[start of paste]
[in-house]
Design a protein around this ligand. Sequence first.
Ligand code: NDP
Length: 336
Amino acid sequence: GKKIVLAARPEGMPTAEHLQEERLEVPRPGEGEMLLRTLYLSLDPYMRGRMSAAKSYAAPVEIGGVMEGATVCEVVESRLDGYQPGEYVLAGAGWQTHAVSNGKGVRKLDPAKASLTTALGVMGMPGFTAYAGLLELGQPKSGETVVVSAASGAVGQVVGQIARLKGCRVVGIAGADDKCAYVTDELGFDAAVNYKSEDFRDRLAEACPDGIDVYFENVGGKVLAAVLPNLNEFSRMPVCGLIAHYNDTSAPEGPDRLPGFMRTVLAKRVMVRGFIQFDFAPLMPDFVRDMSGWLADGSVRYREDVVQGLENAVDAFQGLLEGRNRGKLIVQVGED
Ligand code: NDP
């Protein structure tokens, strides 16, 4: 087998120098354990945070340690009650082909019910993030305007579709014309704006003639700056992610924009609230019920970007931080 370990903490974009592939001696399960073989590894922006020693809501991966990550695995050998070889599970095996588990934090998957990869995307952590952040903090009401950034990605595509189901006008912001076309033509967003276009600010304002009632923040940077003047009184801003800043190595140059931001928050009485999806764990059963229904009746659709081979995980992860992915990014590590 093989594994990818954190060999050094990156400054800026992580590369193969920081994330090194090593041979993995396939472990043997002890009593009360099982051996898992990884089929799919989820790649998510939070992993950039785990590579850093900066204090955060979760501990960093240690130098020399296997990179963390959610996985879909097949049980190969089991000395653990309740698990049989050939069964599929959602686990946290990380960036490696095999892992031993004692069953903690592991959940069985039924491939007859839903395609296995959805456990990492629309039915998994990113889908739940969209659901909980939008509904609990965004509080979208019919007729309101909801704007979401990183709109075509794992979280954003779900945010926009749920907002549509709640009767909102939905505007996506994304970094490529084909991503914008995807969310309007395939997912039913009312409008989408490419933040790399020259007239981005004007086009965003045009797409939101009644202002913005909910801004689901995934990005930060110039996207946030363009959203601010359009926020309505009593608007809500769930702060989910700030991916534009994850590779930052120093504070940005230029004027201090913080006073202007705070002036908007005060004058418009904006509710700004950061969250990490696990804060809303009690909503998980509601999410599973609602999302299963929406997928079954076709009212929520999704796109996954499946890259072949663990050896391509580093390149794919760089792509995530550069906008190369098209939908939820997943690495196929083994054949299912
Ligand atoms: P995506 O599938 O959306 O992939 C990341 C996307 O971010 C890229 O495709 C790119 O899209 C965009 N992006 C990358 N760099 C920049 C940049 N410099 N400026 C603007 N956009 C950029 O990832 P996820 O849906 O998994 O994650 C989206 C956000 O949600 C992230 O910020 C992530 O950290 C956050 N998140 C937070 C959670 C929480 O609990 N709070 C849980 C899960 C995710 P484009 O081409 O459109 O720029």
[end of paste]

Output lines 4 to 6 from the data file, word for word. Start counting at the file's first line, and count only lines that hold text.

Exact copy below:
Length: 336
Amino acid sequence: GKKIVLAARPEGMPTAEHLQEERLEVPRPGEGEMLLRTLYLSLDPYMRGRMSAAKSYAAPVEIGGVMEGATVCEVVESRLDGYQPGEYVLAGAGWQTHAVSNGKGVRKLDPAKASLTTALGVMGMPGFTAYAGLLELGQPKSGETVVVSAASGAVGQVVGQIARLKGCRVVGIAGADDKCAYVTDELGFDAAVNYKSEDFRDRLAEACPDGIDVYFENVGGKVLAAVLPNLNEFSRMPVCGLIAHYNDTSAPEGPDRLPGFMRTVLAKRVMVRGFIQFDFAPLMPDFVRDMSGWLADGSVRYREDVVQGLENAVDAFQGLLEGRNRGKLIVQVGED
Ligand code: NDP